Since making their debut at last year’s virtual Glastonbury Festival, supergroup The Smile, made up of Radiohead’s Thom Yorke and Jonny Greenwood and Sons of Kemet’s Tom Skinner have had everyone talking about their sensational sound and got the world incredibly excited for their debut album, “A Light for Attracting Attention”, which has turned out to be one of my favourite albums of the year so far. The gorgeous soundscapes and vocals that power the record are sublime and wonderful to listen to, and it could give Thom Yorke his seventh Mercury nomination, making him the most nominated artist in Mercury Prize history. I can certainly see it happening…
“Dance Fever” by Florence + The Machine
My second pick is my album of the year so far, and that’s “Dance Fever” by the three-time Mercury-nominated artist, Florence + The Machine. The album is a masterclass in how to make a sophisticated album, with some of the best songs I’ve heard in years. It’s perfectly produced and curated throughout, and this is my personal pick to take the prize home, but could it do it? I hope so, but I do believe that it’s very likely to be nominated. Album Review here.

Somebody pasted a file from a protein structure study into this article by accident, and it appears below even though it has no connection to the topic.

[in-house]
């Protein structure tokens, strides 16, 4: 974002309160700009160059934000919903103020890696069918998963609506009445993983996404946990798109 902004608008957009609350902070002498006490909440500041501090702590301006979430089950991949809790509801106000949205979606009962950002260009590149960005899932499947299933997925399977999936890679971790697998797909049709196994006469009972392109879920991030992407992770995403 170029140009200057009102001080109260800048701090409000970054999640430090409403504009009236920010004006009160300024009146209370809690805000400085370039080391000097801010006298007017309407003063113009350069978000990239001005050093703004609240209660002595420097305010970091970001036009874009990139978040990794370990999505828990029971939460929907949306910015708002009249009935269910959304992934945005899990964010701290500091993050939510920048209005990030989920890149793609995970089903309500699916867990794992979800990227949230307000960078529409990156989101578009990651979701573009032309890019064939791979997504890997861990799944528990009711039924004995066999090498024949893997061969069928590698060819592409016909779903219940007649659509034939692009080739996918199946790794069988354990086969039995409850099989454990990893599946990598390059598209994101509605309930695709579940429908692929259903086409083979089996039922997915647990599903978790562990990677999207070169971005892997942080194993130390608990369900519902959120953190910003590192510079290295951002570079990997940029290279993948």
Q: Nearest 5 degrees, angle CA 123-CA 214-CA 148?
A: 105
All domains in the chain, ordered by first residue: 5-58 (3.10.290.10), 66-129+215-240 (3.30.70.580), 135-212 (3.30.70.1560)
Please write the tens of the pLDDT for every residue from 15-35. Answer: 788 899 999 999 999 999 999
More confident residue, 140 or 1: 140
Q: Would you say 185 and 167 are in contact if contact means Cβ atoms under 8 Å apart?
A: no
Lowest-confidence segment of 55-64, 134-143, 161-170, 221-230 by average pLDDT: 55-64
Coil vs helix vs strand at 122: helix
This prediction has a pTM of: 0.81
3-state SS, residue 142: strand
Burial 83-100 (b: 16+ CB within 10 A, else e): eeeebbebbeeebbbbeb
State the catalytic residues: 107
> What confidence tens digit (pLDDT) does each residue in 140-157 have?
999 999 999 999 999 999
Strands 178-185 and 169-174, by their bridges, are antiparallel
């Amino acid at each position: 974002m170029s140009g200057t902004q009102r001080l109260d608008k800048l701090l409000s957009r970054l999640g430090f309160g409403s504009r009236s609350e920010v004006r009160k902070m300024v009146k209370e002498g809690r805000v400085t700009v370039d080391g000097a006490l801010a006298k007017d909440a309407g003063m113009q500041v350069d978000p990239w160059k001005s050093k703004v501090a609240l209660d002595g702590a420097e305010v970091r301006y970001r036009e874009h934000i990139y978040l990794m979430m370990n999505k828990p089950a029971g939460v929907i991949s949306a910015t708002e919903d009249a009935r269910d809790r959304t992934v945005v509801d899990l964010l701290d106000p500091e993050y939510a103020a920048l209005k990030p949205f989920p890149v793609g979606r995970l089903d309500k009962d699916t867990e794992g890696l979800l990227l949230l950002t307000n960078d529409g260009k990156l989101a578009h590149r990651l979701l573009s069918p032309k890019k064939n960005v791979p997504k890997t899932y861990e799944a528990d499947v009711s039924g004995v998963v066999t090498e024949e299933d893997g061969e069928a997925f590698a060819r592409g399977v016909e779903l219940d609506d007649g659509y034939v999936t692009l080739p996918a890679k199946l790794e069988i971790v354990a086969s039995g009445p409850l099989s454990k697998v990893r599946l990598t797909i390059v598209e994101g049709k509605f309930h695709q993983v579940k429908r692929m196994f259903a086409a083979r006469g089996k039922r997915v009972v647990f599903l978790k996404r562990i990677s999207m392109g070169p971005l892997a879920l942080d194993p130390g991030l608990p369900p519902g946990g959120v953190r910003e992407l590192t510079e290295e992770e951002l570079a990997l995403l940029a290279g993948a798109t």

“Gifted” by Koffee
Koffee first got everyone’s attention as at 19 years old she became the youngest artist and the first female musician to win the GRAMMY for Best Reggae Album for her debut EP, “Rapture” and by coming third in the 2021 Prospect Music Award. In March, she released her debut album “Gifted” which achieved critical acclaim mostly down to its songwriting. We haven’t seen a reggae album nominated for the Mercurys for an incredibly long time, so can Koffee be the artist that brings reggae back to the awards? Maybe so…